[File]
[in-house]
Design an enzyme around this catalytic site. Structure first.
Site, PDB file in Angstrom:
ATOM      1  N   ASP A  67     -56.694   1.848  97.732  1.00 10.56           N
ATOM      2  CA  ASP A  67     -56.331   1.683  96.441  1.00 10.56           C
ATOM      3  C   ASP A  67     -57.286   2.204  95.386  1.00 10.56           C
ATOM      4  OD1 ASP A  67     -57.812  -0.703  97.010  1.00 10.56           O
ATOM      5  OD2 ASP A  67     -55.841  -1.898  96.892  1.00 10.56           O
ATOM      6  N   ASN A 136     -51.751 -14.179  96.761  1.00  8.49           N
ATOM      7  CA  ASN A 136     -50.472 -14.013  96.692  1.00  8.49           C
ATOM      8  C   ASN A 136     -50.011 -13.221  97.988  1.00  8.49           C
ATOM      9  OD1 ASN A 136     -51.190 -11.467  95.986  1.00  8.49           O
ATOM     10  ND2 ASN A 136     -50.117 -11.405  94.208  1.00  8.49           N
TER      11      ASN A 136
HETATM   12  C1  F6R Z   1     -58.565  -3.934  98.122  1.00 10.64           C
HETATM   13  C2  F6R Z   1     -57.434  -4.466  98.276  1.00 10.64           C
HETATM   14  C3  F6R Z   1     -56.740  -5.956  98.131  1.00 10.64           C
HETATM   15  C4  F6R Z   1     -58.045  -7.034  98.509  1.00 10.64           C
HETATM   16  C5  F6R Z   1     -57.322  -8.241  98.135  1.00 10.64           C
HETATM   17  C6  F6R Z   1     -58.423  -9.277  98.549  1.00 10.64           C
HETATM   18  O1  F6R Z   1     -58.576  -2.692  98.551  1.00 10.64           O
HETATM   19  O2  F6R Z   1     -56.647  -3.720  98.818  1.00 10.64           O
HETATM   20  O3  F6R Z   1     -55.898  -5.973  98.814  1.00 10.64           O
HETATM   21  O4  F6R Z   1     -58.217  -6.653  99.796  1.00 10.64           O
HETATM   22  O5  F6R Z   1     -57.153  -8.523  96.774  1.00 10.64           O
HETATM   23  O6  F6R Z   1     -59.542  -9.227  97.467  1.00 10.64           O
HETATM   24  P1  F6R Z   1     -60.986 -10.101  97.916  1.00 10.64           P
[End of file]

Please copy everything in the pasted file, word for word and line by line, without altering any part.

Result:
[in-house]
Design an enzyme around this catalytic site. Structure first.
Site, PDB file in Angstrom:
ATOM      1  N   ASP A  67     -56.694   1.848  97.732  1.00 10.56           N
ATOM      2  CA  ASP A  67     -56.331   1.683  96.441  1.00 10.56           C
ATOM      3  C   ASP A  67     -57.286   2.204  95.386  1.00 10.56           C
ATOM      4  OD1 ASP A  67     -57.812  -0.703  97.010  1.00 10.56           O
ATOM      5  OD2 ASP A  67     -55.841  -1.898  96.892  1.00 10.56           O
ATOM      6  N   ASN A 136     -51.751 -14.179  96.761  1.00  8.49           N
ATOM      7  CA  ASN A 136     -50.472 -14.013  96.692  1.00  8.49           C
ATOM      8  C   ASN A 136     -50.011 -13.221  97.988  1.00  8.49           C
ATOM      9  OD1 ASN A 136     -51.190 -11.467  95.986  1.00  8.49           O
ATOM     10  ND2 ASN A 136     -50.117 -11.405  94.208  1.00  8.49           N
TER      11      ASN A 136
HETATM   12  C1  F6R Z   1     -58.565  -3.934  98.122  1.00 10.64           C
HETATM   13  C2  F6R Z   1     -57.434  -4.466  98.276  1.00 10.64           C
HETATM   14  C3  F6R Z   1     -56.740  -5.956  98.131  1.00 10.64           C
HETATM   15  C4  F6R Z   1     -58.045  -7.034  98.509  1.00 10.64           C
HETATM   16  C5  F6R Z   1     -57.322  -8.241  98.135  1.00 10.64           C
HETATM   17  C6  F6R Z   1     -58.423  -9.277  98.549  1.00 10.64           C
HETATM   18  O1  F6R Z   1     -58.576  -2.692  98.551  1.00 10.64           O
HETATM   19  O2  F6R Z   1     -56.647  -3.720  98.818  1.00 10.64           O
HETATM   20  O3  F6R Z   1     -55.898  -5.973  98.814  1.00 10.64           O
HETATM   21  O4  F6R Z   1     -58.217  -6.653  99.796  1.00 10.64           O
HETATM   22  O5  F6R Z   1     -57.153  -8.523  96.774  1.00 10.64           O
HETATM   23  O6  F6R Z   1     -59.542  -9.227  97.467  1.00 10.64           O
HETATM   24  P1  F6R Z   1     -60.986 -10.101  97.916  1.00 10.64           P